I noticed that some of the visitors to this site are searching for insight on answering talent assessment questions. Based on my experience with using the TriMetrix™ talent assessment system, for both talent decisions and executive coaching, I hereby offer some Dos and Don’ts along with some added insights.
This is NOT a "Test"
The proper term with the way we utilize assessment information is “Talent Survey” not test.
Our experience in the education systems leads us to believe that there are right and wrong answers and the goal is to get enough right answers to pass. Talent Assessment for job fit should not work that way. Yes, it is true that your survey responses (when compared to other candidates) may make you appear like less of a fit. The same is true for your interview answers. But unlike the interview, a talent assessment survey is not something you can prepare for.
Your survey results do provide insight for the interviewer to enable deeper exploration of how your talent aligns with the requirements of a specific job. The goal of both you and your prospective employer is to avoid a situation where your talent is misplaced and thereby wasted.
- Answer honestly
- Read and follow the instructions carefully. Haste makes waste. Once you demonstrate that you don’t follow instructions, your candidacy is likely doomed.
- Remember that when you’re asked to complete the survey, the potential employer believes you are qualified enough to make an investment in learning more about you.
- Relax. Avoid being overcome by testing phobia.
- Understand that this is an assessment and not a “test” like you would take in school where there is a passing or failing grade.
- Try to guess what answers are expected. You are more likely to portray yourself as a more conflicted person than who you really are.
- Try to over-think your answers. Assuming you’ve carefully read the question, your first impression is likely the best choice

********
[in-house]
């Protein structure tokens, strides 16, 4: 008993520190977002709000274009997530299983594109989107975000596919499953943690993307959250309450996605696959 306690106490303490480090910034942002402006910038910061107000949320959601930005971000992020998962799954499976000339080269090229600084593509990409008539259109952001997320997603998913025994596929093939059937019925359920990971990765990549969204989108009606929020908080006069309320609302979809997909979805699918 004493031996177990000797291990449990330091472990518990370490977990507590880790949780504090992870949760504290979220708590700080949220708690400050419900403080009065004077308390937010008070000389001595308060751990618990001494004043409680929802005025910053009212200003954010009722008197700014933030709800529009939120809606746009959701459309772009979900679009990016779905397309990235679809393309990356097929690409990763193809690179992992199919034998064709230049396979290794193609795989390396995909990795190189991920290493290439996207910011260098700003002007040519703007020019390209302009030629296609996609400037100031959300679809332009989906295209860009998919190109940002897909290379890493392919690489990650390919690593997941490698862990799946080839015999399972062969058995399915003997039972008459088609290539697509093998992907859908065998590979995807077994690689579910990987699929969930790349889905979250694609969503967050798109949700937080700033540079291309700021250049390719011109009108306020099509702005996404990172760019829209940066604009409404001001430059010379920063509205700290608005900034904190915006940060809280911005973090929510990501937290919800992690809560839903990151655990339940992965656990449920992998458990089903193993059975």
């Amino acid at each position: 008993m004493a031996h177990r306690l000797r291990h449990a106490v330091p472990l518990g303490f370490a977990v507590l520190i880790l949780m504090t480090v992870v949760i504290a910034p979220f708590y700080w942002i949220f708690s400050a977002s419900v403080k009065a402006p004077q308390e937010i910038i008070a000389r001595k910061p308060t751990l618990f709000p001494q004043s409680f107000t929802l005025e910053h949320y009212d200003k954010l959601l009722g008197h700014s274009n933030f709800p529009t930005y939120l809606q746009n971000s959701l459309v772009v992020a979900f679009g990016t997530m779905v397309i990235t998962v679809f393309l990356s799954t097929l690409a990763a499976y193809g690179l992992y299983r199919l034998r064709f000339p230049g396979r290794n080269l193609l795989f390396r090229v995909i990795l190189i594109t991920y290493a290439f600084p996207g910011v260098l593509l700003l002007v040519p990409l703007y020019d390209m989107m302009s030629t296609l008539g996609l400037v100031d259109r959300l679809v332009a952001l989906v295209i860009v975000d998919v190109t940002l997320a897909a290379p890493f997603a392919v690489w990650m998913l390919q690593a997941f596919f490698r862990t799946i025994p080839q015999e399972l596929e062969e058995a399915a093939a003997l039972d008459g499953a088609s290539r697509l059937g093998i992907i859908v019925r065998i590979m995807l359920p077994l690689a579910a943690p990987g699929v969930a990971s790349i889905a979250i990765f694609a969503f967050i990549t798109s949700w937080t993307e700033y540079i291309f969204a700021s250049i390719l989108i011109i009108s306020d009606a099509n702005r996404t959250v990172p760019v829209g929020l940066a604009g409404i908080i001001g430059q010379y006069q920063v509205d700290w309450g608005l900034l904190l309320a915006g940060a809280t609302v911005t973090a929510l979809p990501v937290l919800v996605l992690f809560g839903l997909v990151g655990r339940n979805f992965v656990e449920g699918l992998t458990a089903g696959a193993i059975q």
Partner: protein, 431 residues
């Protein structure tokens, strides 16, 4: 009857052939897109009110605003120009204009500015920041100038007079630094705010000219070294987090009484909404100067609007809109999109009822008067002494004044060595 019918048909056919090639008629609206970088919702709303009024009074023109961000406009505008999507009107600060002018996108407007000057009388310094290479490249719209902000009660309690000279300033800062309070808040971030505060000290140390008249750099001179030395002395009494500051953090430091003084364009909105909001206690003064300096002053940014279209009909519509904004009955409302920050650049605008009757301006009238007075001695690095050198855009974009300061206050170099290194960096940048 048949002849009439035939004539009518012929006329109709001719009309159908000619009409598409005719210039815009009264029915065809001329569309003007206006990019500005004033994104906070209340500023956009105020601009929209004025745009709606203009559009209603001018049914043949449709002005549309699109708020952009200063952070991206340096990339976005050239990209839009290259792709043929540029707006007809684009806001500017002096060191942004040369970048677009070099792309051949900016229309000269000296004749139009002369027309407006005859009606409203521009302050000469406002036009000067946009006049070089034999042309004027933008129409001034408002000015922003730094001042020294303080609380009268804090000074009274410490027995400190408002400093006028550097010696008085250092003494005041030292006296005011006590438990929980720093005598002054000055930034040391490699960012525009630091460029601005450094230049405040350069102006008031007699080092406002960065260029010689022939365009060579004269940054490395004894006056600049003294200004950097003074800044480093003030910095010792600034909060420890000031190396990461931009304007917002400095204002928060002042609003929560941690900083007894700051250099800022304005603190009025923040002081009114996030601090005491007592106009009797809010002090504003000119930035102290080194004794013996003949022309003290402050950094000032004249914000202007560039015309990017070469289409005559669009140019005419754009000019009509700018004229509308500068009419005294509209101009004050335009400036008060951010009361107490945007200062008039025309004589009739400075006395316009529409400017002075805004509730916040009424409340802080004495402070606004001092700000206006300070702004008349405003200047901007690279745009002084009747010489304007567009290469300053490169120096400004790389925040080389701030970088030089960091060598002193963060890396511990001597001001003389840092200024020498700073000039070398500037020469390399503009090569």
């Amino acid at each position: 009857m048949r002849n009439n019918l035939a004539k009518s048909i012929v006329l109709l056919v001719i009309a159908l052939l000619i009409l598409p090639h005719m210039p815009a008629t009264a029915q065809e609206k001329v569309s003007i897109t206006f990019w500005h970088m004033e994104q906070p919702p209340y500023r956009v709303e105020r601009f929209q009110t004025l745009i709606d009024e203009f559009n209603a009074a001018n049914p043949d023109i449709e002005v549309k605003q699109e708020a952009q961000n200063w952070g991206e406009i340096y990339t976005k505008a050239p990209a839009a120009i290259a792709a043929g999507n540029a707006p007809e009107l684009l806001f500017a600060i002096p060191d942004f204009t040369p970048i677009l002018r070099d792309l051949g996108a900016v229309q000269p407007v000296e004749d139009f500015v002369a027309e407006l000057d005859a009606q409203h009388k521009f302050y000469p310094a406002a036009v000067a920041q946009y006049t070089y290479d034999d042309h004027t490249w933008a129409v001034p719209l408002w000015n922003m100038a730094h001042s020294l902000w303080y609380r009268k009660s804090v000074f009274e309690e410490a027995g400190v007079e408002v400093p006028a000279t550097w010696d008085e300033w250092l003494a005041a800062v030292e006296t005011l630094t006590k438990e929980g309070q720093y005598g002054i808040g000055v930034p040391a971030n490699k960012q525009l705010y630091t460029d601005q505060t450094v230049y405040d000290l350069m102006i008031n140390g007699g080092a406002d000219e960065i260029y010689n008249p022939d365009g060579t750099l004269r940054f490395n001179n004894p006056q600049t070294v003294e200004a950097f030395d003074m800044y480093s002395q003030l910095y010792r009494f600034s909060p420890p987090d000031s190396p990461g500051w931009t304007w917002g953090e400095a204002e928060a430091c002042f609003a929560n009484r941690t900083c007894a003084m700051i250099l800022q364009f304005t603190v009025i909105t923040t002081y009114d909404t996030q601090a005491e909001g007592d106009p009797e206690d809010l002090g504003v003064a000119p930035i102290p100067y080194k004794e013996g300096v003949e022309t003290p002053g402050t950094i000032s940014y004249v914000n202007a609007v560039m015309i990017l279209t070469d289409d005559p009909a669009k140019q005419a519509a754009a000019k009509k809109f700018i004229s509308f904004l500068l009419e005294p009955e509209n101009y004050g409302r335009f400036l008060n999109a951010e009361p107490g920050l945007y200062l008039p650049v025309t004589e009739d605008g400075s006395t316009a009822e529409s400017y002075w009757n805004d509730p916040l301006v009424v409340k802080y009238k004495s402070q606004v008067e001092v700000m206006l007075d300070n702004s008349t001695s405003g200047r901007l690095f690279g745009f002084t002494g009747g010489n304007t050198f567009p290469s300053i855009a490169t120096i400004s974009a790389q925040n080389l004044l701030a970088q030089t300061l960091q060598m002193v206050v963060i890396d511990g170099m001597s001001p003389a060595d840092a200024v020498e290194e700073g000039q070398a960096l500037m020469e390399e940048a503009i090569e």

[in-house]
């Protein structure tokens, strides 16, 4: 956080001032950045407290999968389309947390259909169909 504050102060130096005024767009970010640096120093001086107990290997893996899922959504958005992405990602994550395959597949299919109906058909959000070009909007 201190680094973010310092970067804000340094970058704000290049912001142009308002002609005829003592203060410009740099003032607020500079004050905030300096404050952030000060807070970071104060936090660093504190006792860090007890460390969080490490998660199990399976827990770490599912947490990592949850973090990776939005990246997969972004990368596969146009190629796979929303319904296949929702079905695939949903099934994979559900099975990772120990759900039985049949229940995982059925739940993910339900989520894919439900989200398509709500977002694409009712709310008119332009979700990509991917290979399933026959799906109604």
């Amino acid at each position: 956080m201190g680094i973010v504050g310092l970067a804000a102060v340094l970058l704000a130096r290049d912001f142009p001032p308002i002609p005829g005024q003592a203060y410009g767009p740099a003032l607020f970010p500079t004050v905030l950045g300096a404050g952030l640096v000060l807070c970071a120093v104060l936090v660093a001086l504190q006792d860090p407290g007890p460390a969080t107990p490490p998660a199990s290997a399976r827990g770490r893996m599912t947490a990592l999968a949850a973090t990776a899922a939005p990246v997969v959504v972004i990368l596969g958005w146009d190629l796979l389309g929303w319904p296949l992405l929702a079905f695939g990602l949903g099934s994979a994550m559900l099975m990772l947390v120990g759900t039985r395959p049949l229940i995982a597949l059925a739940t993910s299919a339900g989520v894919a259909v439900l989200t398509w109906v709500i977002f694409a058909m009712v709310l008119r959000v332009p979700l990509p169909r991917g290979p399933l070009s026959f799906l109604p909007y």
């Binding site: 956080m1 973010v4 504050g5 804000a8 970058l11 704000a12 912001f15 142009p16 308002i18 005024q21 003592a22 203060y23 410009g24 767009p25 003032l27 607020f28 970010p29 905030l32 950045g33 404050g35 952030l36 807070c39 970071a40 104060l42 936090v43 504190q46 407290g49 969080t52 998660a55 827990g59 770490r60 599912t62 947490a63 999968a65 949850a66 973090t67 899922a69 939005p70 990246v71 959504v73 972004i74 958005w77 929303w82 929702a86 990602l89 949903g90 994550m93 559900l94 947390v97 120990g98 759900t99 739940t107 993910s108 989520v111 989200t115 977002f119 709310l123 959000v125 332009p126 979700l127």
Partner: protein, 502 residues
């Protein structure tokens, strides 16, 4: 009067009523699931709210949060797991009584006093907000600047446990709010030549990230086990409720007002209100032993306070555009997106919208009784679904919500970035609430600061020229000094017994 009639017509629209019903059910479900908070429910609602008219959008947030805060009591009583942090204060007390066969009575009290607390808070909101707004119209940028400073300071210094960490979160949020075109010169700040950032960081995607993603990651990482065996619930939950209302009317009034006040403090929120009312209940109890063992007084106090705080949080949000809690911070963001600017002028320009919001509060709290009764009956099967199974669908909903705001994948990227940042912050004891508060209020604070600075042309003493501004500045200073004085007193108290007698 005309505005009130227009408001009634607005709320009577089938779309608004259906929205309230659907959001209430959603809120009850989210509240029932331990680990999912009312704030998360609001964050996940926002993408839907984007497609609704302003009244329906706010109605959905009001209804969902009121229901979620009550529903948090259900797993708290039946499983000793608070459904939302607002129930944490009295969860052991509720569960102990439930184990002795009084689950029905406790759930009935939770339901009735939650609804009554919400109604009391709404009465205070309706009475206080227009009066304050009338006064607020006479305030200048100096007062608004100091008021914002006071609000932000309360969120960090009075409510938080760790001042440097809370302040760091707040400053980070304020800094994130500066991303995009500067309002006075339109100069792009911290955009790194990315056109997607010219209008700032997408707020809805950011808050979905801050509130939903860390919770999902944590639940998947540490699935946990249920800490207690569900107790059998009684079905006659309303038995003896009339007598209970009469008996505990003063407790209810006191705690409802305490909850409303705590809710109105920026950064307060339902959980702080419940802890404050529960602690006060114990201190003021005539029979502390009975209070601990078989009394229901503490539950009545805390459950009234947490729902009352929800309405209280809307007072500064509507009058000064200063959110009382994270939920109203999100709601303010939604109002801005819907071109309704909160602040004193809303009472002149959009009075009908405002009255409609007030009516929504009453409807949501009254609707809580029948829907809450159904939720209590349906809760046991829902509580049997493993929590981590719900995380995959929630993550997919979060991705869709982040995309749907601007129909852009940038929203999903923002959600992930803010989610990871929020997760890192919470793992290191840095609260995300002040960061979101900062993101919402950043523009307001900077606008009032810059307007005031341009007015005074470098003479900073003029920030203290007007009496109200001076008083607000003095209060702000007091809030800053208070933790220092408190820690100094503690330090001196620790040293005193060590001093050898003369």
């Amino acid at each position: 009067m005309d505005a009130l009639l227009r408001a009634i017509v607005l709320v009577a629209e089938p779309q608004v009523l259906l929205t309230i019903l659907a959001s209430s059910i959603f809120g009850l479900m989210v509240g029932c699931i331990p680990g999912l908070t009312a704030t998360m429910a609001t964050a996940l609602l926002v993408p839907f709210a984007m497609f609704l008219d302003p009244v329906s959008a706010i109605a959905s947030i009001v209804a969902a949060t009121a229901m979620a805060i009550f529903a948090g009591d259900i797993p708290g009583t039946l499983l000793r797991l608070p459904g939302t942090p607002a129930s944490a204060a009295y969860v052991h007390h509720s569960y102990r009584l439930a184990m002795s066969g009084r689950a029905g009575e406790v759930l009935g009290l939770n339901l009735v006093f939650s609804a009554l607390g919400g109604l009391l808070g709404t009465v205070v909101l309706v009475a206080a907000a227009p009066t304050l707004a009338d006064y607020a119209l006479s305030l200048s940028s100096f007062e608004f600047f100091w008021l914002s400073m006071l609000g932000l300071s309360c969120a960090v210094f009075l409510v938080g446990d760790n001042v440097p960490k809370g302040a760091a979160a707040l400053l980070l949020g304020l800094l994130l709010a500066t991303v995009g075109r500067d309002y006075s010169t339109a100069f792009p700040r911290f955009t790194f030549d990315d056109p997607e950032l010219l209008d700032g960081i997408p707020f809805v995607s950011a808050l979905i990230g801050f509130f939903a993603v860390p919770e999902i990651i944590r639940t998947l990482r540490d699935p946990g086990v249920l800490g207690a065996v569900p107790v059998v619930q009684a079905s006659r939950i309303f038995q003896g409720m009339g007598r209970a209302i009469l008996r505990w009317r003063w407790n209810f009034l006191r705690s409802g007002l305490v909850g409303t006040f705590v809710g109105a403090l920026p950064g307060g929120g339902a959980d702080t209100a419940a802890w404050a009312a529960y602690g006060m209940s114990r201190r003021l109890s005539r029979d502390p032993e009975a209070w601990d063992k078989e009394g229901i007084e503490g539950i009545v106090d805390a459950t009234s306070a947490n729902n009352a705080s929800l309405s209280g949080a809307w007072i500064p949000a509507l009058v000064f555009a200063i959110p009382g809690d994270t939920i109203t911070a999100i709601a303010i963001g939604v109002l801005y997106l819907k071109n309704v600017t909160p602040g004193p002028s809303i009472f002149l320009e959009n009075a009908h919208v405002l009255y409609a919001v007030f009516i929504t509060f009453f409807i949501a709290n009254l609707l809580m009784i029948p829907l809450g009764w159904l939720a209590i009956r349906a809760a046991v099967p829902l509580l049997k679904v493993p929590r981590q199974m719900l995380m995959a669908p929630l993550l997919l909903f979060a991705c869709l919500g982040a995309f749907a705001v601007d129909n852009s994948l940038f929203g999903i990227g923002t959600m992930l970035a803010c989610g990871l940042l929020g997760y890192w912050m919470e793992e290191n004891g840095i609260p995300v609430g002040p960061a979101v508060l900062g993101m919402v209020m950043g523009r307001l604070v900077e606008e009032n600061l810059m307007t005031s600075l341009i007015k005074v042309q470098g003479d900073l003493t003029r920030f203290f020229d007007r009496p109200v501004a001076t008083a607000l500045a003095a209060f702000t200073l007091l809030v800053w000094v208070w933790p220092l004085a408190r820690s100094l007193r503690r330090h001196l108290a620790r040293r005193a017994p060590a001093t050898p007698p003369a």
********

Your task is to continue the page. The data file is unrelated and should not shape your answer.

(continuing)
- Believe that the system can not detect if you’re attempting to beat it. You’re likely playing roulette with your job opportunity. The odds are stacked against you.
- Attempt to complete the survey if you are especially stressed or anxious. Wait until you are in a normal or relaxed state of mind
More Talent Survey Advice
I admit that as a talent evaluator, my desire is to the most accurate insight possible for talent decision making. That said, I’ve found that people who try to beat the system by portraying themselves as someone else are setting themselves up for failure in several ways.
- By attempting to be all things to all people, you will likely appear to be personally conflicted and thereby hinder your attractiveness.
- The assessment results will likely used to identify your potential challenges. If you’re somehow successful in landing the job despite skewed input, you will not benefit from the on-boarding benefits and coaching opportunities that your assessment will provide.
- You are potentially setting yourself up for job failure. Do you really want to pursue a position where you are a poor fit? What will happen when your shortcomings are discovered when you lack what it takes to excel in the job?
Throughout your career you will continue to learn that honesty is the best policy. And it applies to taking talent assessment surveys as much as anywhere else.
Why Not Be Yourself?
I have seen occasions when a candidate’s assessment results reveal that their skills and capacities are exceptionally high. While they may not be an ideal fit for the job in question, I often advise the employer to consider either finding or creating a job where the exceptional talent potential can be realized. This is unlikely to happen to those trying to game the system.
Your Career is a Terrible Thing to Waste
Do you really want to begin the next chapter of your career with an act of deceit or deception?
Whether you attempt to skew an assessment or over embellish your resume, you might beat the odds and gain short term success. But what is the long term cost when the truth surfaces? It always does, eventually. Then what? You have a failure on your resume that you’ll need to explain.
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